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Desirèe Mosca VA Nature in Modern Literature. Aims of the path Examine in depth Modern literature Find connections between texts Train in view of the.

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Presentation on theme: "Desirèe Mosca VA Nature in Modern Literature. Aims of the path Examine in depth Modern literature Find connections between texts Train in view of the."— Presentation transcript:

1 Desirèe Mosca VA Nature in Modern Literature

2 Aims of the path Examine in depth Modern literature Find connections between texts Train in view of the final examination

3 Reasons for the path Nature as a recurring theme in literture Why? Interest in symbolism of flowers

4 Natural references in J.Joyces Ulysses Natural references in V.Woolfs Mrs. Dalloway Natural references in G.DAnnunzios La pioggia nel pineto Natural references in O.Wildess The Picture of Dorian Gray My path…

5 Extracts from Mollys interior monologue … of course a nice plant for the middle of the table Id get that cheaper in wait wheres this I saw them not long ago I love flowers Id love to have the whole place swimming in roses God of heaven theres nothing like nature the wild mountains then the sea and the waves rushing then the beautiful country with the fields of oats and wheat and all kinds of things and all the fine cattle going about that would do your heart good to see rivers and lakes and flowers all sorts of shapes and smells and colours springing up even out of the ditches primroses and violets nature it is…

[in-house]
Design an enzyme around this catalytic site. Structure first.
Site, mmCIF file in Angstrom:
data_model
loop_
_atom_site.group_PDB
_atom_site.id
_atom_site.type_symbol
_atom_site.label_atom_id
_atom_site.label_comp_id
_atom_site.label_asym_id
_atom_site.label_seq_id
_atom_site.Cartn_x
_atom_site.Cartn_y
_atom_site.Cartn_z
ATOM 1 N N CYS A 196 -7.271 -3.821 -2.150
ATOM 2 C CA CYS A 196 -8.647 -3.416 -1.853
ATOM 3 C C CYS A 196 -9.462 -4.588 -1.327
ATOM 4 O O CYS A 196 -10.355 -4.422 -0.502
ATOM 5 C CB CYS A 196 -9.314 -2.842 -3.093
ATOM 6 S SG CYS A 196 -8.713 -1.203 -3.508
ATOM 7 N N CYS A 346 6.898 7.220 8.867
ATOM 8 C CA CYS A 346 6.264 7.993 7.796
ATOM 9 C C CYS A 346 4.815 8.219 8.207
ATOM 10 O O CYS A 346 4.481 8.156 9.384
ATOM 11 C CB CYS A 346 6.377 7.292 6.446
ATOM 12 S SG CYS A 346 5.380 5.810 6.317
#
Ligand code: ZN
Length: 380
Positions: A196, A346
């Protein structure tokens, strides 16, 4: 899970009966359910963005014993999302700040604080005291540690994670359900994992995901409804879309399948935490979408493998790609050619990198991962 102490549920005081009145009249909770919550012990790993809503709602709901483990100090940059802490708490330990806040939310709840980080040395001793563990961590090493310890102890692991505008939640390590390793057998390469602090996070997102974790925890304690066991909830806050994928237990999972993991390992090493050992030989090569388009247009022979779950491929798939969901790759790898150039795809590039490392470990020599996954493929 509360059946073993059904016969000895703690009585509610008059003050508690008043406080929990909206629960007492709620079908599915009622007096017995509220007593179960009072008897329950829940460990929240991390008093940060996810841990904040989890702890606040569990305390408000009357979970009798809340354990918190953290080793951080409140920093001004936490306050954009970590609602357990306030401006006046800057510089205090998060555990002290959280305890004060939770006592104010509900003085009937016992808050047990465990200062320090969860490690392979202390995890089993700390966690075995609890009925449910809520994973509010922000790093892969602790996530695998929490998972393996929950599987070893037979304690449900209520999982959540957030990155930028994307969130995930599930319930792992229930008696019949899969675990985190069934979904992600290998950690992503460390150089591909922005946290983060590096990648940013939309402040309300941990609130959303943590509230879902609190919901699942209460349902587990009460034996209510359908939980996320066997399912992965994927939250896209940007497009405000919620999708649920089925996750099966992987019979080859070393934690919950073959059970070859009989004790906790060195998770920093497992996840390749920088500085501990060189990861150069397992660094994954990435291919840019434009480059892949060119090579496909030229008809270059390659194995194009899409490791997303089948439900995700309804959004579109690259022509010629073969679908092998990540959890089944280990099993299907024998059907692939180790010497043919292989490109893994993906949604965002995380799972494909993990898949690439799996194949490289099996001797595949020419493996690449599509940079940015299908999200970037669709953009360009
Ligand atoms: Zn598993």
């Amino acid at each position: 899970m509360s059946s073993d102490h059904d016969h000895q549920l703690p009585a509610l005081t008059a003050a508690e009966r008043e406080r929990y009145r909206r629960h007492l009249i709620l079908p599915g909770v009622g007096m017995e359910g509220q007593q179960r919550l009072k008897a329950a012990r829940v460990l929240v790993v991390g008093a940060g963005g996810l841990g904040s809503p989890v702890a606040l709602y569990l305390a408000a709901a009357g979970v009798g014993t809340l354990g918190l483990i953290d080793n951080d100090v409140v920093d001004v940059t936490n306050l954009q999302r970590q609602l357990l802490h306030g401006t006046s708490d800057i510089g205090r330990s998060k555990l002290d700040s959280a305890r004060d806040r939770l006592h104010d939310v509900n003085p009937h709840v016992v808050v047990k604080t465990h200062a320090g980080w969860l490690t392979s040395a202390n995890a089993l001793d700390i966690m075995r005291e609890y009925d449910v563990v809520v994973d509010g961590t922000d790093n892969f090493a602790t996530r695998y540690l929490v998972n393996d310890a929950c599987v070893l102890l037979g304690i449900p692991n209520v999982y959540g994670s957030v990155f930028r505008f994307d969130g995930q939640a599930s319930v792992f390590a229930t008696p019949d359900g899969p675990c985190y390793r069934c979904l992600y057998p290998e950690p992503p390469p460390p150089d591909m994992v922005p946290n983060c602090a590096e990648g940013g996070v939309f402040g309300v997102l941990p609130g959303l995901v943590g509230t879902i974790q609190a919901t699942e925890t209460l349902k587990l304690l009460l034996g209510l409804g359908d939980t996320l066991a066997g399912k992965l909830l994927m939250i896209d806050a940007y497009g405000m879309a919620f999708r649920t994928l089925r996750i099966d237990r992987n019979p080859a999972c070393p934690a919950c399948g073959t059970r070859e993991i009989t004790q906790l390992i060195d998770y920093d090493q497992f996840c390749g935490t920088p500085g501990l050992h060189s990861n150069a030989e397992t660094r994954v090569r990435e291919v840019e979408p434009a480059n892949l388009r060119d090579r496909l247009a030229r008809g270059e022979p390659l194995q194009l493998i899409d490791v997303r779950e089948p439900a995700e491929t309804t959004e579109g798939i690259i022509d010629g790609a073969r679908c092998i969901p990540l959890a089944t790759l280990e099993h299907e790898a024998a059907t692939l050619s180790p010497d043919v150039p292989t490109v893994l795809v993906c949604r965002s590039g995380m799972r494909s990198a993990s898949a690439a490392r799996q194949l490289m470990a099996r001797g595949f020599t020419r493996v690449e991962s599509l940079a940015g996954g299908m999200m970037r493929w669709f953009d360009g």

6 What? purpose to adorn the house appreciation of Nature How? flux of thoughts: inside outside small big abolition of spatial distance expression of opinion and feelings language of sense impression (sight, hearing) repetition (I love, flowers) adjectives (nice, fine, wild, beautiful) Why? involvement partecipation influence evocation imagination

7 …they might as well try to stop the sun from rising tomorrow the sun shines for you he said the day we were lying among the rhododendrons on Howth head… …he said I was a flower of the mountain yes so we are flowers all a womans body yes that was one true thing he said in his life and the sun shines for you today yes that was why I liked him because I saw he understood or felt what a woman is … What? memories: quotation situation reflections and judgements pair Love/Nature Woman/Flower How? repetition of key words (sun, flowers, woman) repetition of formulas (yes, that was) Why? multiple roles of Nature: source for collective imagination setting of sweet memories